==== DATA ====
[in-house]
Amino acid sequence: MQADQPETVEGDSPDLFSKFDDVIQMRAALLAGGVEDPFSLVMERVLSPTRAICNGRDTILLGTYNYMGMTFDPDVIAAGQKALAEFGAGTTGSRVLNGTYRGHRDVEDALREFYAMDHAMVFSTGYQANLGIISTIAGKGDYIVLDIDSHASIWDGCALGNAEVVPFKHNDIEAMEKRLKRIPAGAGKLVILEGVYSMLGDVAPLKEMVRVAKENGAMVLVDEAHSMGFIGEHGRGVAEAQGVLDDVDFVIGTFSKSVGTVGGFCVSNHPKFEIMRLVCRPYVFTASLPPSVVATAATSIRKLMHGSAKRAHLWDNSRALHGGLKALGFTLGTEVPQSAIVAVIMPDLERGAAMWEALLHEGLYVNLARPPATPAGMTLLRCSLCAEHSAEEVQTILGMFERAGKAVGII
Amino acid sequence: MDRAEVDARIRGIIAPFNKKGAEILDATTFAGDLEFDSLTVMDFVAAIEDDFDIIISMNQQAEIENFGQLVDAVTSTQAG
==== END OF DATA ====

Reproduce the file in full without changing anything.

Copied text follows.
[in-house]
Amino acid sequence: MQADQPETVEGDSPDLFSKFDDVIQMRAALLAGGVEDPFSLVMERVLSPTRAICNGRDTILLGTYNYMGMTFDPDVIAAGQKALAEFGAGTTGSRVLNGTYRGHRDVEDALREFYAMDHAMVFSTGYQANLGIISTIAGKGDYIVLDIDSHASIWDGCALGNAEVVPFKHNDIEAMEKRLKRIPAGAGKLVILEGVYSMLGDVAPLKEMVRVAKENGAMVLVDEAHSMGFIGEHGRGVAEAQGVLDDVDFVIGTFSKSVGTVGGFCVSNHPKFEIMRLVCRPYVFTASLPPSVVATAATSIRKLMHGSAKRAHLWDNSRALHGGLKALGFTLGTEVPQSAIVAVIMPDLERGAAMWEALLHEGLYVNLARPPATPAGMTLLRCSLCAEHSAEEVQTILGMFERAGKAVGII
Amino acid sequence: MDRAEVDARIRGIIAPFNKKGAEILDATTFAGDLEFDSLTVMDFVAAIEDDFDIIISMNQQAEIENFGQLVDAVTSTQAG